Saturday, June 25, 2011
In February 2009, Congress approved extra federal financing for Medicaid as part of an economic recovery package. The number of Meicaid beneficiaries has increased since 2009, and the financing runs out at the end of this month. As a result, millions of people will be cut from their benefits.
Many states, in an attempt to reduce costs, are limiting Medicaid recipients’ benefits, increasing beneficiaries’ co-pays, reducing Medicaid payments to hospitals and physicians, and reducing the number of services covered. A recent survey found that twenty-four states reduced or were reducing Medicaid payments to providers, and twenty states limited or were limiting recipients’ benefits in some other way.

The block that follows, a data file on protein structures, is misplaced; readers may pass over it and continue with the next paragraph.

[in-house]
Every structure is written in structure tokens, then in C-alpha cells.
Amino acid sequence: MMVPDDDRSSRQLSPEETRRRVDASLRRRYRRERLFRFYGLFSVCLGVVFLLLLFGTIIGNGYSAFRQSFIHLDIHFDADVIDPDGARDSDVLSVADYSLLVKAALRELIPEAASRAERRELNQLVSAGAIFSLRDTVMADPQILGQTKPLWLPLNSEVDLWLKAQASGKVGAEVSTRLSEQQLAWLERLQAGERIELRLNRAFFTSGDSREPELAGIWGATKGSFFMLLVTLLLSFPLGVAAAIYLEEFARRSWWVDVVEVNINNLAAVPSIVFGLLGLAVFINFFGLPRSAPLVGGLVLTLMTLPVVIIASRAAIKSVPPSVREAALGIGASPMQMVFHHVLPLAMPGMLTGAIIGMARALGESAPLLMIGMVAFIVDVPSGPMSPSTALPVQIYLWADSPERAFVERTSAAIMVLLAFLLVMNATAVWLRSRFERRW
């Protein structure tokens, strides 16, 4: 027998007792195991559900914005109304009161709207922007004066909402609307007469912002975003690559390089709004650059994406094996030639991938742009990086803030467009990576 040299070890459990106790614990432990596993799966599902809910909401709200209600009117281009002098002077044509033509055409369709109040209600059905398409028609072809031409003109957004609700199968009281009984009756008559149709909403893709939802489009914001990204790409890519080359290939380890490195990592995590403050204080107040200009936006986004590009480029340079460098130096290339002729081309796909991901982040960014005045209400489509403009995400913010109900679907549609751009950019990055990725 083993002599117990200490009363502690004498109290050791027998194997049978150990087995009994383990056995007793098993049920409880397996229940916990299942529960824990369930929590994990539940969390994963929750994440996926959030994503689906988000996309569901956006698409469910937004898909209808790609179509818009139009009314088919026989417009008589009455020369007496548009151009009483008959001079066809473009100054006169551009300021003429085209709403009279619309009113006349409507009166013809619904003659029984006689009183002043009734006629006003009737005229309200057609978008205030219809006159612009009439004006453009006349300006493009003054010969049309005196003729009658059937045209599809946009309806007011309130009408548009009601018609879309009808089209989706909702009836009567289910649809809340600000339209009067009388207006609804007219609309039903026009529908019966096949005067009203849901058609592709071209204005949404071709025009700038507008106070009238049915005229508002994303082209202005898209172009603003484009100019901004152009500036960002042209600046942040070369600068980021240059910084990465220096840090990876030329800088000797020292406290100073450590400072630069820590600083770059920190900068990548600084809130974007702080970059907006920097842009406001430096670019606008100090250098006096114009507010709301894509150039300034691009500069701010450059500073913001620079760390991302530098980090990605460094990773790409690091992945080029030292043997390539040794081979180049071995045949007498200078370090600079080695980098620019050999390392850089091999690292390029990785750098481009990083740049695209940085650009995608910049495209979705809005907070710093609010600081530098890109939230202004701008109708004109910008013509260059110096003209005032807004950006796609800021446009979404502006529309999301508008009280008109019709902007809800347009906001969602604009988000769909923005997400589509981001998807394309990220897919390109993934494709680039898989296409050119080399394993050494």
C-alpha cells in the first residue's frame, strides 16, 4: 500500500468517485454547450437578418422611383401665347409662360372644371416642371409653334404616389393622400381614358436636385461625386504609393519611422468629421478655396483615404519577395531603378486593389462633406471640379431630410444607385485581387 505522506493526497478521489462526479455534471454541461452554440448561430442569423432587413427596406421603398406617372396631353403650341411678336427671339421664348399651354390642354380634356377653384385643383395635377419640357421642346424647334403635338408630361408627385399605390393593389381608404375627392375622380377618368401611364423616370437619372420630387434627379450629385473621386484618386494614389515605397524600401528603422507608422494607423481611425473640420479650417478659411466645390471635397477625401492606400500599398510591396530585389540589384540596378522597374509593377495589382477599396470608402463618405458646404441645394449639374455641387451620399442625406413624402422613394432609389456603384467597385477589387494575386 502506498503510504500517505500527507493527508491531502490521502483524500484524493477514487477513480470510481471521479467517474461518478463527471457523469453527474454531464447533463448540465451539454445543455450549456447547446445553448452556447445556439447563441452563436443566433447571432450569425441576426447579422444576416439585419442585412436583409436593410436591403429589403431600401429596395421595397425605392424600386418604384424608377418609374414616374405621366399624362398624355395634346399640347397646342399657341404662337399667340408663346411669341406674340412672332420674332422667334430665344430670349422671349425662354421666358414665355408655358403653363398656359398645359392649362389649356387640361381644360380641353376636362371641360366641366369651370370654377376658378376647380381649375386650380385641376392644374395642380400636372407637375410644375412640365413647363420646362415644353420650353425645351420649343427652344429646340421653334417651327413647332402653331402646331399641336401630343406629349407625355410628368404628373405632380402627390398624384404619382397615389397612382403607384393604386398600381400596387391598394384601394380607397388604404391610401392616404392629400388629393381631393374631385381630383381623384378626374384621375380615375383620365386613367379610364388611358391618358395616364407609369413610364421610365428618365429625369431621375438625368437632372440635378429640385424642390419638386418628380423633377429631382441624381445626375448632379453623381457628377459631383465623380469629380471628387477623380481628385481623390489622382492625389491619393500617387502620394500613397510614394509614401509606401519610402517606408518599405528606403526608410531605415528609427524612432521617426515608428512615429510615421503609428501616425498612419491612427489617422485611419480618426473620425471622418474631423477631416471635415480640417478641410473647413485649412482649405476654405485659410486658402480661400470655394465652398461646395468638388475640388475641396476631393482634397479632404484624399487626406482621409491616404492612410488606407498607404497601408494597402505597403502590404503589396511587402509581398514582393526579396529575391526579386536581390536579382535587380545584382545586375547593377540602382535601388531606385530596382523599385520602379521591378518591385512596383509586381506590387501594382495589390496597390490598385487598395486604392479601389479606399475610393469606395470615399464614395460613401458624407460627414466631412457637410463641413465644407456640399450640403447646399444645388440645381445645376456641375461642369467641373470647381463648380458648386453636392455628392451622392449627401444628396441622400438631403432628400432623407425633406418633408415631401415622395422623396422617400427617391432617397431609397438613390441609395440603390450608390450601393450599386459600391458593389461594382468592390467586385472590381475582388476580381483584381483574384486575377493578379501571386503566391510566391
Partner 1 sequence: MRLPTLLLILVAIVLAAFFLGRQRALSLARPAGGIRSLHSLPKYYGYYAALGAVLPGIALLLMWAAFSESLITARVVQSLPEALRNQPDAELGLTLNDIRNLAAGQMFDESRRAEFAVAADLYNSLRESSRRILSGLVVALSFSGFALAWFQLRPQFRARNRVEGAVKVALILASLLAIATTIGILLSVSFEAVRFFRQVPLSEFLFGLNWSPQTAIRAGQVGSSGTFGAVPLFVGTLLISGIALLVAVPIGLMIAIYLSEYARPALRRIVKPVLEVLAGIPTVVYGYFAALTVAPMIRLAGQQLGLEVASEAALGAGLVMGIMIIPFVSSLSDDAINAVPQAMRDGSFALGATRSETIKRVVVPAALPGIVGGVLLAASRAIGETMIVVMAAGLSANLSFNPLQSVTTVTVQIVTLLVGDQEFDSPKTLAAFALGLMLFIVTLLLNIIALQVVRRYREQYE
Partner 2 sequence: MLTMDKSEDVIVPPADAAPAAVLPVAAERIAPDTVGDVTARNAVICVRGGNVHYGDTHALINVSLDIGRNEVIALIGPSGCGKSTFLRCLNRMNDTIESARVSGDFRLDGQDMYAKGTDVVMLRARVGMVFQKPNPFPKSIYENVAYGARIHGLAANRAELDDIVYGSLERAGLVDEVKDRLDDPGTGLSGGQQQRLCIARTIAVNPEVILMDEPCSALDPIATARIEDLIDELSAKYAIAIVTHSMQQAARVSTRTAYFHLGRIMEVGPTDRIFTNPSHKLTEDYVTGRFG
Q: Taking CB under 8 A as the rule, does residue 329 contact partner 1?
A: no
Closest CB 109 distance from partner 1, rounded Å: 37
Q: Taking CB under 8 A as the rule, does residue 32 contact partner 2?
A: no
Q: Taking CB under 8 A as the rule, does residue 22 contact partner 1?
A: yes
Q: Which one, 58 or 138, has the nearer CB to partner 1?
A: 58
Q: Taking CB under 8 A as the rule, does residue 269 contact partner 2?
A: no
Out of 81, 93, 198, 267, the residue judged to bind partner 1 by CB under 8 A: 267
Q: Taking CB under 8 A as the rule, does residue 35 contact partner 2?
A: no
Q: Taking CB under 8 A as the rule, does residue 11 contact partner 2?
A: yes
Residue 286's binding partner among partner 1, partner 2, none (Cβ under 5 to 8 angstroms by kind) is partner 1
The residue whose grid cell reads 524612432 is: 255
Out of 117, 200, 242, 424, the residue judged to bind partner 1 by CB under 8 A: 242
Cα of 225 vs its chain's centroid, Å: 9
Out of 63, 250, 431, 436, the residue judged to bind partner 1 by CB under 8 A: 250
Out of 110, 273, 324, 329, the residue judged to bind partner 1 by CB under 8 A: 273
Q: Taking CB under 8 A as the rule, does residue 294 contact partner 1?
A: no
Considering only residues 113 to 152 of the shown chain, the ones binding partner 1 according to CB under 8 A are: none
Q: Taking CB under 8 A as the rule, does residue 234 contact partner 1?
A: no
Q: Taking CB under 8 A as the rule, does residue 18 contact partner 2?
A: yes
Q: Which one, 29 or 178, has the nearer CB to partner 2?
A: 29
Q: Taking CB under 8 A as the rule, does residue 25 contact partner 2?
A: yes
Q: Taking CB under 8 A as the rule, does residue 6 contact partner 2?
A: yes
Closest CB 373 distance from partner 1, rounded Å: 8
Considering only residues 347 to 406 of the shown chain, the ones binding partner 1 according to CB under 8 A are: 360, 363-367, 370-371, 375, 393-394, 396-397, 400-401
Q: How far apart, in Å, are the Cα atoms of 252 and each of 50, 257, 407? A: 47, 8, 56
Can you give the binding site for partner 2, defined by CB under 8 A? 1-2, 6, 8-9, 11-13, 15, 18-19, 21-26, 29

Medicaid is more vulnerable to cuts than Social Security and Medicare because its political support is not as broad. According to Senator John D. Rockefeller, IV, Democrat of West Virginia and chairman of the Senate Finance Subcommittee on Health Care, the majority of Medicaid’s population simply do not have the finances needed for lobbying.
Medicaid is very much on the chopping block. Seniors vote. But if you are poor and disabled, you might not vote, and if you are a child, you do not vote — that’s a lot of Medicaid’s population. They don’t have money to do lobbying.
Robert Pear, As Number of Medicaid Patients Goes Up, Their Benefits Are About to Drop, The New York Times, Jun 16, 2011.
Special thanks to Jim Hillhouse (WealthCounsel) for bringing this article to my attention.